Mandarin

There’s a male Mandarin Duck, Aix galericulata, steaming towards me over the lake:

Mandarin Duck - The Hall of Einar - photograph (c) David Bailey (not the)

It’s hard to imagine the evolutionary pressures which have led to such incredible plumage:

Mandarin Duck - The Hall of Einar - photograph (c) David Bailey (not the)

Given that it’s the males who have such stunning plumage, it’s likely that it’s selection of brightly coloured males by the females which is the cause:

Mandarin Duck - The Hall of Einar - photograph (c) David Bailey (not the)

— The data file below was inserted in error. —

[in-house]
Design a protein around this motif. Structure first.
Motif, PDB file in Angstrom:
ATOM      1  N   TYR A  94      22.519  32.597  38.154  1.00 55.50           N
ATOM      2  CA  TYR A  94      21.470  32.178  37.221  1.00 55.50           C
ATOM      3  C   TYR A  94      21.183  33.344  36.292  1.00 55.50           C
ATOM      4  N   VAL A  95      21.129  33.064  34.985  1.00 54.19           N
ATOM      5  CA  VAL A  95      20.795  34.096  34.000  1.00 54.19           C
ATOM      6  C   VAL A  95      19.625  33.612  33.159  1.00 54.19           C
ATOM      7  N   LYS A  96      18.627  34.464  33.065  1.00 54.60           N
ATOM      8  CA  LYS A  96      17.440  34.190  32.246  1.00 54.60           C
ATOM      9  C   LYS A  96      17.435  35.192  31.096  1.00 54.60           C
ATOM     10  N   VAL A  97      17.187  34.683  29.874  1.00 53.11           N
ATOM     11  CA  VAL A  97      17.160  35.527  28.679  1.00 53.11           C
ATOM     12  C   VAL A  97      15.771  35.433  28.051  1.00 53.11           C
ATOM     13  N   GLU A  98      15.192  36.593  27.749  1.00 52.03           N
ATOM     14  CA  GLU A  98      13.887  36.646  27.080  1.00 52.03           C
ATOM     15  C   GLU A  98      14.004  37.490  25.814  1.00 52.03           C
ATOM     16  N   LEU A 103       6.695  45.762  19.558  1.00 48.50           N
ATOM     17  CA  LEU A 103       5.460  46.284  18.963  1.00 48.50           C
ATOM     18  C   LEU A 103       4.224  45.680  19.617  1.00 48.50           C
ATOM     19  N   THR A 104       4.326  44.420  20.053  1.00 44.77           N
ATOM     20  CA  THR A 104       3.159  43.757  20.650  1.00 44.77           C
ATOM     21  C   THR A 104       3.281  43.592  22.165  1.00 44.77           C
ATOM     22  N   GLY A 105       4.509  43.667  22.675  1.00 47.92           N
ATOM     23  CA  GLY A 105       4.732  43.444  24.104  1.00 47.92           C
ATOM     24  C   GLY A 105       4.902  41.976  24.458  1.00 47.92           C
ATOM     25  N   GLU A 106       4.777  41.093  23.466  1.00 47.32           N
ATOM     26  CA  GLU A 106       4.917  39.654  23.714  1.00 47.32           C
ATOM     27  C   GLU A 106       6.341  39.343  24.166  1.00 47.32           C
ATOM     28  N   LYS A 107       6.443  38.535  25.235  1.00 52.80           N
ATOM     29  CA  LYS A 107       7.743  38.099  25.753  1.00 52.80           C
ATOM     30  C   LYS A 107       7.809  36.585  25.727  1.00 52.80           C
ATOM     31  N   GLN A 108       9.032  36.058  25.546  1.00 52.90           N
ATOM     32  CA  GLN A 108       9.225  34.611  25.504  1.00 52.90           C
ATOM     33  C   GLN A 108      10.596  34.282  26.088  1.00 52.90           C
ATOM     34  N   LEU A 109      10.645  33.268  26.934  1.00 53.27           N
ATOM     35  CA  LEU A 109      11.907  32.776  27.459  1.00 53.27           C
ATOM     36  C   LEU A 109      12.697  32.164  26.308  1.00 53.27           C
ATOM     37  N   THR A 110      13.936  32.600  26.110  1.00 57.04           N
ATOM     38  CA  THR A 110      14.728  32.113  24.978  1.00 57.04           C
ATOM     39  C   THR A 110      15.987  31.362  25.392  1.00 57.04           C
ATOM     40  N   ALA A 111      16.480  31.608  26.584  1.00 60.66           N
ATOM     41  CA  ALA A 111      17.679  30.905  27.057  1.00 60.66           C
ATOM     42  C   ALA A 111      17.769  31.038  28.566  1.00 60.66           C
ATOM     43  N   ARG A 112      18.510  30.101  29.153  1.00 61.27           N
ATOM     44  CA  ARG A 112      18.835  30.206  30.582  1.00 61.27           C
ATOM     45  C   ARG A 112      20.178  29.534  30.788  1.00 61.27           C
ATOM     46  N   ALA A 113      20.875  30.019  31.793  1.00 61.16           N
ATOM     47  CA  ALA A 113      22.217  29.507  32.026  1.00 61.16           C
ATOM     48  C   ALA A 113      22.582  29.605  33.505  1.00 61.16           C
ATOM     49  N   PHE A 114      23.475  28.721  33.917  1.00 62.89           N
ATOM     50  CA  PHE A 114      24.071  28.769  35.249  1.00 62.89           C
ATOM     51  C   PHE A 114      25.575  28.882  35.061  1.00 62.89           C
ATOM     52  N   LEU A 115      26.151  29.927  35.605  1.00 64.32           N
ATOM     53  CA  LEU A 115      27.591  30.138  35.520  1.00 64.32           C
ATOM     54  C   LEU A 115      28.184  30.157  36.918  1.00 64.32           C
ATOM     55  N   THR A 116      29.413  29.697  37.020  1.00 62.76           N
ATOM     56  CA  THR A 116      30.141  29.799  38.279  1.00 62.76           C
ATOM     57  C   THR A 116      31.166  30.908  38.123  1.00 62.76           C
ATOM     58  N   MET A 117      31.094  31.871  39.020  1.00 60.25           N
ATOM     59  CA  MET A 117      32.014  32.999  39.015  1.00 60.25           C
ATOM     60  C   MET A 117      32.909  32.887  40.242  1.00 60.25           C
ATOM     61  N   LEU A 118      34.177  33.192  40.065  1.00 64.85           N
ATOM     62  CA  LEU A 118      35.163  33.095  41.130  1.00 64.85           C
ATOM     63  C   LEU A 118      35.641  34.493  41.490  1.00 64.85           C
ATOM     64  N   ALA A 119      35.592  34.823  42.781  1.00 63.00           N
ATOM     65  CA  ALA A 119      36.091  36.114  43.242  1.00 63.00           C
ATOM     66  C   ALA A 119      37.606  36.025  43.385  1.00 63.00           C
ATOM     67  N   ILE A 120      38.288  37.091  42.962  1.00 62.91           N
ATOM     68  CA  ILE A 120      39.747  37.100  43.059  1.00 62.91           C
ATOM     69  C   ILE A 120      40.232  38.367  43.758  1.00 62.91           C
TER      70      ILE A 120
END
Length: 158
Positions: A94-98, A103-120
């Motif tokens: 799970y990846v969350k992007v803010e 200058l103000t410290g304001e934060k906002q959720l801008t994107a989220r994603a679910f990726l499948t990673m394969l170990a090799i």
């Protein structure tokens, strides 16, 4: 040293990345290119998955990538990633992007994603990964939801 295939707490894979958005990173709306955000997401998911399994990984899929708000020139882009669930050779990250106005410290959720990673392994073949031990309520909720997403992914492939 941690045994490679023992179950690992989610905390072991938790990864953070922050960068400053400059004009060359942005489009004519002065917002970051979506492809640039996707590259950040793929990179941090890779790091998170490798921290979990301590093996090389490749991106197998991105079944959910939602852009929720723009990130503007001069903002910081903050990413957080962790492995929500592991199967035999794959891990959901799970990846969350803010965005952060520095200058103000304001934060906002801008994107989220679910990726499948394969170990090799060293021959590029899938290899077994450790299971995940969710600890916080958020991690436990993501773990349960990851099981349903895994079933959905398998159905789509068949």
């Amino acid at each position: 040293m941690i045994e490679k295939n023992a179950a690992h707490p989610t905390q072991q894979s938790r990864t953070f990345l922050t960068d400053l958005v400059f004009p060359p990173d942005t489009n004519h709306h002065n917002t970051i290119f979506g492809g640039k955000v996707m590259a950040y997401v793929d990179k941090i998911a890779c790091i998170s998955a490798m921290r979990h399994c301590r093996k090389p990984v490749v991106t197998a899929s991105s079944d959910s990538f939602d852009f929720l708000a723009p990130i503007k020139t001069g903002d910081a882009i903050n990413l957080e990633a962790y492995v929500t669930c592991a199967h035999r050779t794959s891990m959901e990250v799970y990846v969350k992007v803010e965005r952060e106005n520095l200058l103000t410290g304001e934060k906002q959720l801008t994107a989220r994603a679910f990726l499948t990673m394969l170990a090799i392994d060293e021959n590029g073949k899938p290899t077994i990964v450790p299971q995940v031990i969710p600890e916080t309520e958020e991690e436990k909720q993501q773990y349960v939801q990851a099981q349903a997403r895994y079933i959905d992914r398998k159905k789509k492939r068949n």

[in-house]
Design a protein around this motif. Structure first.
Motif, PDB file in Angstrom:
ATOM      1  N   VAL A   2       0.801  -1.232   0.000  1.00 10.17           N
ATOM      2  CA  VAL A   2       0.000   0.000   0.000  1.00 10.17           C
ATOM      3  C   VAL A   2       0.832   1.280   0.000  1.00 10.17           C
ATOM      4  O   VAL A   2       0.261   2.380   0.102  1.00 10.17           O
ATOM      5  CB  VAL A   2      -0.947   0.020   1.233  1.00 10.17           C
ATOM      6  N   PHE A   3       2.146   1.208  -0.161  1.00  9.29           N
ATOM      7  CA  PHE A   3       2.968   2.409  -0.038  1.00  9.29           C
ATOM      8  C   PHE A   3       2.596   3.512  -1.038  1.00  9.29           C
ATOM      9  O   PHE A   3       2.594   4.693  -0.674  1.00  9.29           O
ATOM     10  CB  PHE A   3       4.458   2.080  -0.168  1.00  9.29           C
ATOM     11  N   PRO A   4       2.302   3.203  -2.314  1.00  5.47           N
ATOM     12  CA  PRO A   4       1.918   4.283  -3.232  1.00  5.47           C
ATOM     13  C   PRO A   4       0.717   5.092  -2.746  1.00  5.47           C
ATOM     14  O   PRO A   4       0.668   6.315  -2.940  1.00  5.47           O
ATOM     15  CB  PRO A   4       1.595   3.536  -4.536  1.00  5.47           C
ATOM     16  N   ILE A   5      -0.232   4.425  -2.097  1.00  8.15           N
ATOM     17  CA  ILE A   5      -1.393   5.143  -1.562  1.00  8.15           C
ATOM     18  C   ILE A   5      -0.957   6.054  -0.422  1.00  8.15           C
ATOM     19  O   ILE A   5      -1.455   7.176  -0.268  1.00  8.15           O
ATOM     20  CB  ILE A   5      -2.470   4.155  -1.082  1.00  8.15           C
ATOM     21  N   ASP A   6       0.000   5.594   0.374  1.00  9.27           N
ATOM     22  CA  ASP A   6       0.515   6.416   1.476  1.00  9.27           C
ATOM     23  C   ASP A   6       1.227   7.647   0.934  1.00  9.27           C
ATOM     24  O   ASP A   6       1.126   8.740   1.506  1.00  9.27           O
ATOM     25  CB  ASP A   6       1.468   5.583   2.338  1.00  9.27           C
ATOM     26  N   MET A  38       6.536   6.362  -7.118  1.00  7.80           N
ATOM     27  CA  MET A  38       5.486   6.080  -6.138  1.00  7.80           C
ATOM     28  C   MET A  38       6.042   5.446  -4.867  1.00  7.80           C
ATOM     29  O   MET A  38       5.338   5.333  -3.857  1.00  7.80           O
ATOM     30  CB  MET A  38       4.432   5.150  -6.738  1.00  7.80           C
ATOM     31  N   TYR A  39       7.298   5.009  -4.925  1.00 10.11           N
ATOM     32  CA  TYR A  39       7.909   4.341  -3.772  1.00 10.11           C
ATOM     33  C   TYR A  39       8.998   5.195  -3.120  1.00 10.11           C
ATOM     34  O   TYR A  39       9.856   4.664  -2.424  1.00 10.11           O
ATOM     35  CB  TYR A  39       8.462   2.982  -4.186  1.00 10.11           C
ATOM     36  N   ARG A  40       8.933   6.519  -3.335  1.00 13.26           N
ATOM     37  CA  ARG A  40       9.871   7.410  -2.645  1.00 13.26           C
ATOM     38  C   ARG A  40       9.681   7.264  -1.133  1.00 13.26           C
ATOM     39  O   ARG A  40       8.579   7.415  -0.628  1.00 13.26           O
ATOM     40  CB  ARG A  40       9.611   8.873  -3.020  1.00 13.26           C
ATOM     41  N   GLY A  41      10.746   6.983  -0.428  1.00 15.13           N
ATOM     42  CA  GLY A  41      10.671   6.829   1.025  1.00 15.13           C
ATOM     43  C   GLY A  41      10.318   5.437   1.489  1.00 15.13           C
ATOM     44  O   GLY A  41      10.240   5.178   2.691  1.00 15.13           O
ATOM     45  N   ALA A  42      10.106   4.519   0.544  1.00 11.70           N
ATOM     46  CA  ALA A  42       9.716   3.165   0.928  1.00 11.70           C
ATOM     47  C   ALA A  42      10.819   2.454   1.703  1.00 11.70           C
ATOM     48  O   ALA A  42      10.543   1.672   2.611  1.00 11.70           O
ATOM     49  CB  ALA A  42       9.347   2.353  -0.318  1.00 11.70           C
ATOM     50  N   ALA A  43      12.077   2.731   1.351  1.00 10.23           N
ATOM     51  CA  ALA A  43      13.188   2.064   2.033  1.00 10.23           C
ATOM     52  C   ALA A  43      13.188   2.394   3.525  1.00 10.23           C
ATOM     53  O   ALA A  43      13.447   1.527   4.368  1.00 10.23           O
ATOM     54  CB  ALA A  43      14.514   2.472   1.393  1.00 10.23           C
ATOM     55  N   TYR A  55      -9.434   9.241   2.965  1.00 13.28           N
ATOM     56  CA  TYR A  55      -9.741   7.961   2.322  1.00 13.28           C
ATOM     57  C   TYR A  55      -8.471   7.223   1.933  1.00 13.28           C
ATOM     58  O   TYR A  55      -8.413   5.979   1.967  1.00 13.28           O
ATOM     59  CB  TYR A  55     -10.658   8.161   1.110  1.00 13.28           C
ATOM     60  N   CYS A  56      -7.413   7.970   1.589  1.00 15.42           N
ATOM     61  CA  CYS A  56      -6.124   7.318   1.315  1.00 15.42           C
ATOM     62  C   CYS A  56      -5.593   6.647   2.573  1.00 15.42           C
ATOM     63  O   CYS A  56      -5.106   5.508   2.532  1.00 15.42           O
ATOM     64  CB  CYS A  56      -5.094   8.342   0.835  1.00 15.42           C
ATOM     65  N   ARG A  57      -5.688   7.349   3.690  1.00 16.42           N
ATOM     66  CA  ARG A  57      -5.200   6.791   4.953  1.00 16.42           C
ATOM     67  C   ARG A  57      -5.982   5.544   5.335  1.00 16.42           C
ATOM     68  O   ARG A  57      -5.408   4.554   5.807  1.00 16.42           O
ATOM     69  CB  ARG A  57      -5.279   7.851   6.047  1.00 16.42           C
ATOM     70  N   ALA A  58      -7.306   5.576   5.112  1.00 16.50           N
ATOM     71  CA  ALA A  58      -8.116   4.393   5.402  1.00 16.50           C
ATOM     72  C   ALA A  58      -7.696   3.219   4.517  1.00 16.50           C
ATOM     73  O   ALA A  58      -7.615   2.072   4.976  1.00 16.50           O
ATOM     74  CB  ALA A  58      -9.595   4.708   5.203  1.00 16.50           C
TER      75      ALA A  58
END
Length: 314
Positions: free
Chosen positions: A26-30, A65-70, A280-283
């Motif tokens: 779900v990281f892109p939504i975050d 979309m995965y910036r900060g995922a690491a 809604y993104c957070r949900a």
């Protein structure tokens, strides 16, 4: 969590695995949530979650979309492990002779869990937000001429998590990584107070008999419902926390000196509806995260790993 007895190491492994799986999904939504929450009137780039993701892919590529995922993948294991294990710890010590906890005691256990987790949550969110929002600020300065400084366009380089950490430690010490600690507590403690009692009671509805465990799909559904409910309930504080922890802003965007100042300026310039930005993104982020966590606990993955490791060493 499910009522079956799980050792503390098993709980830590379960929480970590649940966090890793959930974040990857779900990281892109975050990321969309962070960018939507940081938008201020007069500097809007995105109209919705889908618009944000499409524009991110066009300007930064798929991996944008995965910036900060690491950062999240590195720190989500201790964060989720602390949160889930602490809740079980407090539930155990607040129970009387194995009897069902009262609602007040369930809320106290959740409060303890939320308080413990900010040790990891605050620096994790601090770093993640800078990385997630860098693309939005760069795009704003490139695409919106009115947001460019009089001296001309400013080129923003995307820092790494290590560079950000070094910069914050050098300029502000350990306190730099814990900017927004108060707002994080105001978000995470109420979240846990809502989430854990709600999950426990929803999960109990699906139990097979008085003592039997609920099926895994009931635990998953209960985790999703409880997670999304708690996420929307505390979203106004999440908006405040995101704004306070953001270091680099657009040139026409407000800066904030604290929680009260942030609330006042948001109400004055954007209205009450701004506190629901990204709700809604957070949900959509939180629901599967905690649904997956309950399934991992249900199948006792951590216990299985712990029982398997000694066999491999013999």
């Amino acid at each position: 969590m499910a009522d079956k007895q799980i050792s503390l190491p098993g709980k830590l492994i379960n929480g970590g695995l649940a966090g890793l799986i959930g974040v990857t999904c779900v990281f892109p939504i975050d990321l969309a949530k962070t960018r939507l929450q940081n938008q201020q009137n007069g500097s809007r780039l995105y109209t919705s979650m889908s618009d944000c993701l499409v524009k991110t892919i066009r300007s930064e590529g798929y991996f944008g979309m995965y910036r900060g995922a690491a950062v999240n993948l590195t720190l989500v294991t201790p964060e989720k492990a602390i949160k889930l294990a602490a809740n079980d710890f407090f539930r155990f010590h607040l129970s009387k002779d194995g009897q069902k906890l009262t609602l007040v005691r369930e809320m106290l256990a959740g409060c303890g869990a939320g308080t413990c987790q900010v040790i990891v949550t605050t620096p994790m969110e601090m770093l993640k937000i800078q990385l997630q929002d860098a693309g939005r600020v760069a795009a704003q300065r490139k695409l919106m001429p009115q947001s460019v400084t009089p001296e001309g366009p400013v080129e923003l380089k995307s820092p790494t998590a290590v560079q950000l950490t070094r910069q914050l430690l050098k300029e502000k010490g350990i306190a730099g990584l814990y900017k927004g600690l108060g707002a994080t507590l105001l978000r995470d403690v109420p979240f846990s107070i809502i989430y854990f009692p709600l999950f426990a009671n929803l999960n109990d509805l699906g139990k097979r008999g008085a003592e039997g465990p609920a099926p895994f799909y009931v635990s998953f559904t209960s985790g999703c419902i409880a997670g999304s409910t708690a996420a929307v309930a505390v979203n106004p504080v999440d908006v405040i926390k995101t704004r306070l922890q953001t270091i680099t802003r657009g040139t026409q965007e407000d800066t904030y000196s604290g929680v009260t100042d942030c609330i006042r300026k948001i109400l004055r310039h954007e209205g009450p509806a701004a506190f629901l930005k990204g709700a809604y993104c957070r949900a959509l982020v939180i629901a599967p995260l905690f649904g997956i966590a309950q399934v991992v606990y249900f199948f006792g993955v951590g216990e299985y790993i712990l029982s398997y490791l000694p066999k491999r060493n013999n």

The females who’ve mated with spectacular males have obviously had much greater chance of having successful ducklings who have also selected or been selected for generations:

Mandarin Duck - The Hall of Einar - photograph (c) David Bailey (not the)

Bright feathers take an enormous amount of energy to create. The colours are produced by chemicals which take time and trouble to synthesise and need a lot of high quality food to create. A bright male means they are healthy and have had a good diet.

Mandarin Duck - The Hall of Einar - photograph (c) David Bailey (not the)

The males will stay around only until the eggs hatch and then they will disappear for a summer-long male-only moulting party where they become drab and flightless for a while. They take no role as father to their ducklings and are simply flashy sperm donors.

Mandarin Duck - The Hall of Einar - photograph (c) David Bailey (not the)

But how fabulously flashy they are.

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